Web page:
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Weighing out the Pros and Cons of Grad School
In a recent news story, it was reported that grad school enrollment may increase in the coming months and years. Not surprised, because it seems like a positive thing for new graduates to do with their idle time if they can’t find a job. We still began to wonder if it is the best option. The truth is, we are all about furthering one’s education. The question; however, still remains as to whether the benefits of additional schooling will outweigh the prospective job opportunities during a) an economic turndown b) the hovering unprecedented times and c) the student’s chosen field. It’s not like grad school is suddenly going to be free; therefore, possibly, requiring student loans.
At the risk of sounding negative, our students who have recently graduated or are about to, are doing so during a time of historic unemployment. Many of our young adults were promised jobs upon graduation, but conversely, these job offers had to be rescinded. Others have been working for just a few months when they too joined the unemployment lines. We realize we aren’t telling you anything you don’t already know and may, perhaps, keeps you up at night. (You are not alone.) The big question is, is graduate school a good option for those young people? What does it mean in regard to their career ambitions?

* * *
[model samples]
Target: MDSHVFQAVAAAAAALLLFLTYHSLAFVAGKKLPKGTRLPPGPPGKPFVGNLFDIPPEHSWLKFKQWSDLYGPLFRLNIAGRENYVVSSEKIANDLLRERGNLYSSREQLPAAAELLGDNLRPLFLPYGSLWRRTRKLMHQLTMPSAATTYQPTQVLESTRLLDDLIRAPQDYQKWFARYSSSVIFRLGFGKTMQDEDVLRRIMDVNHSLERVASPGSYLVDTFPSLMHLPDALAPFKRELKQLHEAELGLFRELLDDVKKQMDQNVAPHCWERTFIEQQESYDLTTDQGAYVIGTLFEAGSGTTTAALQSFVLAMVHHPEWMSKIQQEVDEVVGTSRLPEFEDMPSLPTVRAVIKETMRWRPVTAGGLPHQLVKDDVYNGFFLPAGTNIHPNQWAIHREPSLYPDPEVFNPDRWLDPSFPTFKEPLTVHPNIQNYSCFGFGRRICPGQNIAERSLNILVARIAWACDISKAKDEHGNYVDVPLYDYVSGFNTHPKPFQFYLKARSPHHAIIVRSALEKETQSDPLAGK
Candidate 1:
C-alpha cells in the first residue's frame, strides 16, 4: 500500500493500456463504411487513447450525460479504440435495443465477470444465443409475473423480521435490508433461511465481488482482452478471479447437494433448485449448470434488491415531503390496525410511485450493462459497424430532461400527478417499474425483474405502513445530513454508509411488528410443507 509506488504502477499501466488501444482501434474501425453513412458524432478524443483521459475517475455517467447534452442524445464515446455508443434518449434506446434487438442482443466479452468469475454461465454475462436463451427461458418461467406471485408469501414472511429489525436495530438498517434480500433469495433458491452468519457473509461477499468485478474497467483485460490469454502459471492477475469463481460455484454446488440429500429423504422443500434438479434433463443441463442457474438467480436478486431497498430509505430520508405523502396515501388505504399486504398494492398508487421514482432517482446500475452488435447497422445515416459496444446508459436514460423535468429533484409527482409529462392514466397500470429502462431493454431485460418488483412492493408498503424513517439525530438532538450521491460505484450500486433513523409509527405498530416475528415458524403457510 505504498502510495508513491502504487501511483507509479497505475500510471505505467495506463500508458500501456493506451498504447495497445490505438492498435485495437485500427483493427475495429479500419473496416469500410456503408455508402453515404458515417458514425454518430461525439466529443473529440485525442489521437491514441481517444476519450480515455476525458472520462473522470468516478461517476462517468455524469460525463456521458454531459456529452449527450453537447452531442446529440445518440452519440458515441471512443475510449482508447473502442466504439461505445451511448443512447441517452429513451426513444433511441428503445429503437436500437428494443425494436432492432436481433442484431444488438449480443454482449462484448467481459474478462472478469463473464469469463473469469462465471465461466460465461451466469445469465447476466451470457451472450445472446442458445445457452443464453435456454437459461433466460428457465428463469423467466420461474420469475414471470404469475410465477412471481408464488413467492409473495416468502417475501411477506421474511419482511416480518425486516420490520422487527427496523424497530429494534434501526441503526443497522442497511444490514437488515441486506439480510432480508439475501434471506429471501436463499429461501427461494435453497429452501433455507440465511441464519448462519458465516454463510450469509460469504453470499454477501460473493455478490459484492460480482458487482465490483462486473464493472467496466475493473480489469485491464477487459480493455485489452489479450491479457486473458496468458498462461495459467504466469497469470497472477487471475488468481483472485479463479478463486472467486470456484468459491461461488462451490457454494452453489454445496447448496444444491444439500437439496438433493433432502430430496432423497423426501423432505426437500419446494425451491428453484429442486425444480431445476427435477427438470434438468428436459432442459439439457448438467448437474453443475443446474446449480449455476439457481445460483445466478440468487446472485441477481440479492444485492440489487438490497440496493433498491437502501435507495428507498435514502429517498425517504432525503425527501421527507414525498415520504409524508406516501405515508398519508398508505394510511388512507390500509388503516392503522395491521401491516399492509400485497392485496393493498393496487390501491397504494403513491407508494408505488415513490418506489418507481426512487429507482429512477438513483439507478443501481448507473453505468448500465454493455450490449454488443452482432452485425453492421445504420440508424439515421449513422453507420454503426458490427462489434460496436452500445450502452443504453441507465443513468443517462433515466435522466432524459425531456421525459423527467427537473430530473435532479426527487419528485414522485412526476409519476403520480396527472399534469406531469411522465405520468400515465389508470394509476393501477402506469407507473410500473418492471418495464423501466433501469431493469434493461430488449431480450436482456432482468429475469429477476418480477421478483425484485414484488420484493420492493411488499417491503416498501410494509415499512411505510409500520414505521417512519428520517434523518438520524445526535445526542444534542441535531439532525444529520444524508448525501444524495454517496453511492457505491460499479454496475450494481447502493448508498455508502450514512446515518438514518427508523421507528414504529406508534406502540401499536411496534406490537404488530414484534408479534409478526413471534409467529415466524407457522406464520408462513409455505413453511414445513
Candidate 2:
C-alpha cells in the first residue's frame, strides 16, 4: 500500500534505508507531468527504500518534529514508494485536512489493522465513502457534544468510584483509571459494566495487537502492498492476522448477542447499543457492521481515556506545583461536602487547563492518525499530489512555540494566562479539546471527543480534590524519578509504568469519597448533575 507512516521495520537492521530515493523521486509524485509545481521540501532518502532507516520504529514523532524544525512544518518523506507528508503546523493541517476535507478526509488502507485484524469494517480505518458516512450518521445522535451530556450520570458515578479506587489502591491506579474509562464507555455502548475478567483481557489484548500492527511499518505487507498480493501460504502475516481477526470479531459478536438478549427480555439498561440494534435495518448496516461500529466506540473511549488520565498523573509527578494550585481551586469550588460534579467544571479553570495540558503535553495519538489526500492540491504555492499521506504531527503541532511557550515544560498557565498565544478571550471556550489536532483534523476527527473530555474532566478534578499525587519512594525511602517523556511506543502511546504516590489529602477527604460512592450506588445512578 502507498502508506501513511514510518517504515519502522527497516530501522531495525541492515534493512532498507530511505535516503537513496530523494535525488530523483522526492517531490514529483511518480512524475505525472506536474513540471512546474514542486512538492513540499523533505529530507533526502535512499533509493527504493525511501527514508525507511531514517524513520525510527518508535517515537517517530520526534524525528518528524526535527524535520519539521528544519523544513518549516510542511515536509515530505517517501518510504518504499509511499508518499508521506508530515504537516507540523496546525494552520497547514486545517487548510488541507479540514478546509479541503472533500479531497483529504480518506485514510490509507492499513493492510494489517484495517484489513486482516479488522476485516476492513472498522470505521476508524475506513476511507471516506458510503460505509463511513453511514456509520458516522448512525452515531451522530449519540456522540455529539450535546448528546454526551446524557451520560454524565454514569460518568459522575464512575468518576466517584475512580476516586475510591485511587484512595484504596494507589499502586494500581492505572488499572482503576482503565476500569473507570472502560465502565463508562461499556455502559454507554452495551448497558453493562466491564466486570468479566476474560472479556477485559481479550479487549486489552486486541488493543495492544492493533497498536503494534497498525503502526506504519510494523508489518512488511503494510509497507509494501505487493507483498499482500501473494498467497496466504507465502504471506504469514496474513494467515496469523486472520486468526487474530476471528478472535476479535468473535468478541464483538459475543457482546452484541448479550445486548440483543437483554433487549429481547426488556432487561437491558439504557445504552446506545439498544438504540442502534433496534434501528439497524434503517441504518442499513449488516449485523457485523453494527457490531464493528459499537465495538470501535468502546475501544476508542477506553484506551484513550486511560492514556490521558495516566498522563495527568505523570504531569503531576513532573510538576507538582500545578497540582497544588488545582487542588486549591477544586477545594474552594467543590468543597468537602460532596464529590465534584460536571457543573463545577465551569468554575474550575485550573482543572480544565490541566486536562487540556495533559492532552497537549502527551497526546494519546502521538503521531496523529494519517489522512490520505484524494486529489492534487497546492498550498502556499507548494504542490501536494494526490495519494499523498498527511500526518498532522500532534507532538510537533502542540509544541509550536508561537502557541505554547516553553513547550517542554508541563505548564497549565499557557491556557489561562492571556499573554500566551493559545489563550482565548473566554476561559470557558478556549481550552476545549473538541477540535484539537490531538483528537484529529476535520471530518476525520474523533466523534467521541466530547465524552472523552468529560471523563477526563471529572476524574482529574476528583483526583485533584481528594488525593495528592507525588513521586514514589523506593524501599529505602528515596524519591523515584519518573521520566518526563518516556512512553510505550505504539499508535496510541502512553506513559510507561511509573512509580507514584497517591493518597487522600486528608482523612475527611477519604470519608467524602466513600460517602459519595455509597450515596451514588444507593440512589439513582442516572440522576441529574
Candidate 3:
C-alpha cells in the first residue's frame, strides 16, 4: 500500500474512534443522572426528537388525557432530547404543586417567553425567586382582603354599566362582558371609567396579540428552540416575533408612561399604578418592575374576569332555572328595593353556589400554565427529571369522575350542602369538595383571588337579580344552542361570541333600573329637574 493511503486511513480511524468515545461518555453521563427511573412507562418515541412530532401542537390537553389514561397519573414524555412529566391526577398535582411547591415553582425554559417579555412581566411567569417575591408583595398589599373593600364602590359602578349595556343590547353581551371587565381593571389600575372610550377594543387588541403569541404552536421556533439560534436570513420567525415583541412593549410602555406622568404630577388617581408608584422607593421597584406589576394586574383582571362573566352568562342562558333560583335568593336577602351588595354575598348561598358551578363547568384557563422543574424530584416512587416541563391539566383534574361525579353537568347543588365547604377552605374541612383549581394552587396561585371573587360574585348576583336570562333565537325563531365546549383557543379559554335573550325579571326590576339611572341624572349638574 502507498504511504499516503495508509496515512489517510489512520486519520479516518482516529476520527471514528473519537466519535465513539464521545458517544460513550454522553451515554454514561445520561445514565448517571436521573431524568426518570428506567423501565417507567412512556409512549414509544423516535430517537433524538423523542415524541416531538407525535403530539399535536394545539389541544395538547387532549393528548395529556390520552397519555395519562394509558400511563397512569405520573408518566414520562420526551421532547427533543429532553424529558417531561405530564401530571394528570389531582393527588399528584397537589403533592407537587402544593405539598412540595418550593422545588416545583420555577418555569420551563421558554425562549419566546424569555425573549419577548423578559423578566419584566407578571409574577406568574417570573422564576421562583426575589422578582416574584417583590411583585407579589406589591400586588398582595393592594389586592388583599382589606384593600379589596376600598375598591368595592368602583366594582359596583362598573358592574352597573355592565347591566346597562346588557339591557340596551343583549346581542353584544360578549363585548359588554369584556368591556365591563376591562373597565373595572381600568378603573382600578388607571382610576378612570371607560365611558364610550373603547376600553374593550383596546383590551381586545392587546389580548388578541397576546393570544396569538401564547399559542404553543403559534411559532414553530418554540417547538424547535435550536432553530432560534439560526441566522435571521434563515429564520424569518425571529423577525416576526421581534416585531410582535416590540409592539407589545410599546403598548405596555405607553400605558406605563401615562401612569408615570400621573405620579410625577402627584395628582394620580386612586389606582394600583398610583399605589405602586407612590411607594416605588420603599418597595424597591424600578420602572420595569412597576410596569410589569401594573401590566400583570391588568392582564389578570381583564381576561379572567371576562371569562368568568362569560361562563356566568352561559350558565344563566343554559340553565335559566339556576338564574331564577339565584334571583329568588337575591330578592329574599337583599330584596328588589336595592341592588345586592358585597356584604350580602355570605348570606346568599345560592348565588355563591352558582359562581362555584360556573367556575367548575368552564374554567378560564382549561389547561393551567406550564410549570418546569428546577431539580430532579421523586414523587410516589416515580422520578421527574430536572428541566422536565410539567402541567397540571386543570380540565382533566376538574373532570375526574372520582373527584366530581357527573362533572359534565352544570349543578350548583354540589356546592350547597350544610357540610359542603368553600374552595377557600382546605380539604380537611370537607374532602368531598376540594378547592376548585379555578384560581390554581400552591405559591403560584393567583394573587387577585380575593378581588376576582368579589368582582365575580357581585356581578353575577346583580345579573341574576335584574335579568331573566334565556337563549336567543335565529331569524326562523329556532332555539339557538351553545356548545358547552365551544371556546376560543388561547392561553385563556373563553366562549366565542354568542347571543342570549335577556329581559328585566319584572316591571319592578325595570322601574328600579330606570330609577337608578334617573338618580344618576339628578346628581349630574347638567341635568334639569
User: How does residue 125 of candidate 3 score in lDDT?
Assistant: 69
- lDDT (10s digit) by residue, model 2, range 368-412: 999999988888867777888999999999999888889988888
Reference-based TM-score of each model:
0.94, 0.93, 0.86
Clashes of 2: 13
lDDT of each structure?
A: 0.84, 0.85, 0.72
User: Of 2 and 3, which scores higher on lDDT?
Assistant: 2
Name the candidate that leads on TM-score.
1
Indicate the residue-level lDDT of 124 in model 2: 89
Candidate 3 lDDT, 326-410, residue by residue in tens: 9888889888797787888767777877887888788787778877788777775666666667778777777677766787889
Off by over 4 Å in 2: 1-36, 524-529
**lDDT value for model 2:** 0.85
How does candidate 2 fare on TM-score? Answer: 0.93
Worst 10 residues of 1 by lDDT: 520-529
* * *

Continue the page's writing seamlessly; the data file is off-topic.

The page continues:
Heading back to the classroom during an economic decline is apparently a common trend. According to the U.S. Census Bureau, college enrollment grew by 3 million, from 2006 to 2011. Some students may choose to stay in undergraduate school a little longer by picking up another minor thereby avoiding the eminent dreaded job. (I actually read this and thought I’d share since it made me feel better since that is exactly what my daughter just did.) No doubt, the benefits of additional schooling outweigh prospective job opportunities if you consider the idea that additional schooling can make students more marketable in the long run, particularly when accruing experience isn’t an option. The keyword here is can; not will.
Still, students that are looking to wait out the pickle our country is in, before enrolling in grad school, should consider their future job prospects, study habits, and the cost of tuition. After taking into consideration these factors, try to find a program/degree/certificate that will make you more marketable upon completion even if the unemployment rate is still suffering. Obviously, we hope not, but if the new degree is going to make you no more marketable in your chosen field, and you will need loans too, perhaps attempting to find a less optimal job, for the time being, is the better option.
Which fields are best served with an advanced degree? That too has changed in recent months. Check out our blogs on College Majors to Pursue and, if grad school is something you are considering, Preparing for Grad School Exams.
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